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UV Protective Sunglasses: Winter Sports and UV Rays

Sunglasses are an essential part of your wardrobe, even in the winter. While many people associate the need for 100% UV protective sunglasses with warm weather and glaring sun like you find on the beach, harmful UV radiation is present even on a gloomy, cloudy day.

No matter where you live, sunglasses should be a year-round accessory when you go outside. If you participate in winter sports, durable sunglasses or ski-goggles are a must. Snow and ice reflect UV rays more than almost any other natural substance on earth. At higher altitudes, such as mountain ridges, UV radiation is even more intense. There are many fun activities to enjoy outdoors during the winter months and it is important that you don't go outside without the proper protection. Whether you're skiing, snowboarding, sledding, hiking, ice skating, or playing hockey, you need the right eyewear to protect your eyes from painful (temporary) snow blindness and dangerous overexposure to ultraviolet rays.

Even though we can't see them, ultraviolet rays from the sun affect our body in many ways. Our eyes are particularly sensitive to UVB radiation. UV exposure contributes to the development of dangerous eye conditions and diseases, including macular degeneration and cataracts.

UV exposure is particularly threatening for children, who have sensitive eyes and spend a lot of time outdoors. Protective children's sunglasses don't have to cost a fortune, but it is important to make sure that they are 100% UV protective – no matter how cute they may be. Bring your child along to ensure the sunglasses fit properly. If you have the child help you pick them out, he or she may be more likely to wear them.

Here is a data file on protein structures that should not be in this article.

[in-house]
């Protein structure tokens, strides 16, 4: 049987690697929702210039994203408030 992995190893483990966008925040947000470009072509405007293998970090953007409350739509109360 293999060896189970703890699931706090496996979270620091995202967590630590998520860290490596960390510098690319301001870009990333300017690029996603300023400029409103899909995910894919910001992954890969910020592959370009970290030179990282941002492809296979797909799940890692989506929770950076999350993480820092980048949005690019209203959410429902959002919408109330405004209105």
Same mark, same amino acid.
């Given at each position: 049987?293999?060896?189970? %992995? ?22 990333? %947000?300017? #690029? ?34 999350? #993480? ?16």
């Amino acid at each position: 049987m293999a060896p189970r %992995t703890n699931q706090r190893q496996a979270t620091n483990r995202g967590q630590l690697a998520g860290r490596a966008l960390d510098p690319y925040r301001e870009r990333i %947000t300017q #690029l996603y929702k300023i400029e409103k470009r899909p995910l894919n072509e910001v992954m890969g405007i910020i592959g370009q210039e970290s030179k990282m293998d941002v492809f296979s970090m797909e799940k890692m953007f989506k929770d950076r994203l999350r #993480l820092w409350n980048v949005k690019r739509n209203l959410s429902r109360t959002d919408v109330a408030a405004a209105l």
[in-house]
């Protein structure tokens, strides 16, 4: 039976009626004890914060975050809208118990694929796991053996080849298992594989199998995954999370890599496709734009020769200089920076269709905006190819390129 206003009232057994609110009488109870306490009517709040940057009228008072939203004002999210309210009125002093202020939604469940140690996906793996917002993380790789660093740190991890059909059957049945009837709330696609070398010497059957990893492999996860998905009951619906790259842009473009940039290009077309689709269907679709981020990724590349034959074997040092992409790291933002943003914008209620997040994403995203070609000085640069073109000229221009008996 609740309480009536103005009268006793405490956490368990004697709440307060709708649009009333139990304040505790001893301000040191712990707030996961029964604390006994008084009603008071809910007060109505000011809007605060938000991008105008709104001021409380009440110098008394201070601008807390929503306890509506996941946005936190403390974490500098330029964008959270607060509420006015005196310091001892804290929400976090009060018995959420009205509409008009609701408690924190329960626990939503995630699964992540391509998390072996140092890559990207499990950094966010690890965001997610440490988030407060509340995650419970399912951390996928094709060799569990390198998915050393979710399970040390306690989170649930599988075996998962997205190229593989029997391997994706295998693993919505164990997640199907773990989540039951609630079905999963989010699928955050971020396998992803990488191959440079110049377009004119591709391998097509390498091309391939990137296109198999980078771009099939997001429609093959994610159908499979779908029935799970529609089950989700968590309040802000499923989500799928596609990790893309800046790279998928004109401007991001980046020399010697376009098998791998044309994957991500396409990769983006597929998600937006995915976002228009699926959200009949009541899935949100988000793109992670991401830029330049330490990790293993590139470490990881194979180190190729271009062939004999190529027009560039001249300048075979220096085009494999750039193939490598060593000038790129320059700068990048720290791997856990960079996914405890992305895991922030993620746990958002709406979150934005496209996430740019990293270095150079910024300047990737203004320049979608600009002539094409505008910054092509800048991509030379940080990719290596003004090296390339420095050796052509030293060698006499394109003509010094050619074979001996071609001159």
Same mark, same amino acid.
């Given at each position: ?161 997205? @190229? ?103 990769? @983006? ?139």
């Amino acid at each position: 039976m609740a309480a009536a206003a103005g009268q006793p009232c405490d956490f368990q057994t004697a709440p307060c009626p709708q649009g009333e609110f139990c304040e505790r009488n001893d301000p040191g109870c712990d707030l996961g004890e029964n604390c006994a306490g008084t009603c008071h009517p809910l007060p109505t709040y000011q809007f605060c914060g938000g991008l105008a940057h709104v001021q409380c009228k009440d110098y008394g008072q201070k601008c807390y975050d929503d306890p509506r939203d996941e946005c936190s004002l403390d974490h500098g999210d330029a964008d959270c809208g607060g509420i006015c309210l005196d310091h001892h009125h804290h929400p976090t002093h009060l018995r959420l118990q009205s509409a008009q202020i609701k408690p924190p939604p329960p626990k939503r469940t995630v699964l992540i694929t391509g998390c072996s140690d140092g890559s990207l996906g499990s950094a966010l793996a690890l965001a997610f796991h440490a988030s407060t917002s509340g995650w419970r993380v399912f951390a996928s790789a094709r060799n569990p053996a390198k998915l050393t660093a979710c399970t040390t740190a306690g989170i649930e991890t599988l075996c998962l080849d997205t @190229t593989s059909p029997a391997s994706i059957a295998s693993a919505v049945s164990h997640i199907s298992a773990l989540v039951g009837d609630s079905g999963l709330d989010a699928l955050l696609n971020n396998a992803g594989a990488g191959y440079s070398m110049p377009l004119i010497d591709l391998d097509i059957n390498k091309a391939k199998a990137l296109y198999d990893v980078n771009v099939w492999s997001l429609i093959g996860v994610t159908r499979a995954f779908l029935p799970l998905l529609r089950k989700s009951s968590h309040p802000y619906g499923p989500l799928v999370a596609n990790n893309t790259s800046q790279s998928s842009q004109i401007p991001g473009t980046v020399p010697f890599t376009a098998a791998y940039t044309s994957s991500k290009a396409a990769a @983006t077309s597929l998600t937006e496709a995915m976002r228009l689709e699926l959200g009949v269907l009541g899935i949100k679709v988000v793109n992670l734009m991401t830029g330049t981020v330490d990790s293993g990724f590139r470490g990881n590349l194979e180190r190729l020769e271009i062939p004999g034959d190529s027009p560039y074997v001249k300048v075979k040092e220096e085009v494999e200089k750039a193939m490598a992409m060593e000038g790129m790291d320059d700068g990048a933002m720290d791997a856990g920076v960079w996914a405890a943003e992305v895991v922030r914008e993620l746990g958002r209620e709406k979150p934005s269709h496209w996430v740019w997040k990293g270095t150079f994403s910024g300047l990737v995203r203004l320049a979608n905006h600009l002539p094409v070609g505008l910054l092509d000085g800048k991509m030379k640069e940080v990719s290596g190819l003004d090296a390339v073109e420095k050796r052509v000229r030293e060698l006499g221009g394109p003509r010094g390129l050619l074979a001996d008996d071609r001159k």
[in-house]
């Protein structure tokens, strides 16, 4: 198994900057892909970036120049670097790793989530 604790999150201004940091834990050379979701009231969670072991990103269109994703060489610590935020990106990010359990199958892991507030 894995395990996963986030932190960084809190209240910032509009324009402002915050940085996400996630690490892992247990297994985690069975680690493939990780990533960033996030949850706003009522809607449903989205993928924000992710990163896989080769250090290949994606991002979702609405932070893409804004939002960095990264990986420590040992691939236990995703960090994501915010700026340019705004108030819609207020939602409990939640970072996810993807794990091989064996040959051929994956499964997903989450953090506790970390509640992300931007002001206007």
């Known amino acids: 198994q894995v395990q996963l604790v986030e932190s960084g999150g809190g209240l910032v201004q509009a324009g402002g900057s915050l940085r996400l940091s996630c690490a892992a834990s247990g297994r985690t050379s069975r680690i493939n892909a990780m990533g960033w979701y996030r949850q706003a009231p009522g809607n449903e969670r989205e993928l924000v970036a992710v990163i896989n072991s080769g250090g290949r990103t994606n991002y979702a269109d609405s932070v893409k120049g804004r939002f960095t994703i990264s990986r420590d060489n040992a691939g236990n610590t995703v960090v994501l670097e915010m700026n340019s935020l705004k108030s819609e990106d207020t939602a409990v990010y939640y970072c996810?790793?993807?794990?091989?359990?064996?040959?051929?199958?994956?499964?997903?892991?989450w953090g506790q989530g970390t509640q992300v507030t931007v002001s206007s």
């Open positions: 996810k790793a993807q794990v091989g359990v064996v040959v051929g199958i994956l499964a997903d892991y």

If you wear prescription glasses or need vision correcting contact lenses, there are lots of options for UV protection. In addition to non-prescription or prescription sunglasses, you could add sun-clips to your regular prescription eyeglasses, or get a pair of glasses with "photochromic" lenses such as Transitions, which darken when you go outside. You can also get a UV coating on your lenses or opt for a pair of full-out sports goggles, depending on your needs.

When deciding what type of UV eye protection is best for you, it is important to think about how you will be using it. If you participate in high impact sports, you want durable frames and strong lenses that can handle a fall. Polarized lenses, which reduce glare, are popular for driving and water sports such as fishing and boating, but may be problematic for sports such as skiing in which glare off of an ice patch may prevent injury. Before you rush into a purchase, think about the activities you love year round and speak to a knowledgeable optician about your options.

Going outside this winter? Don't forget to protect your precious eyes. Whether you are vacationing at a beachfront resort, hitting the slippery mountain slopes or building a snowman with the kids, be aware of the harmful affects of UV on your eyes and wear your sunglasses year-round!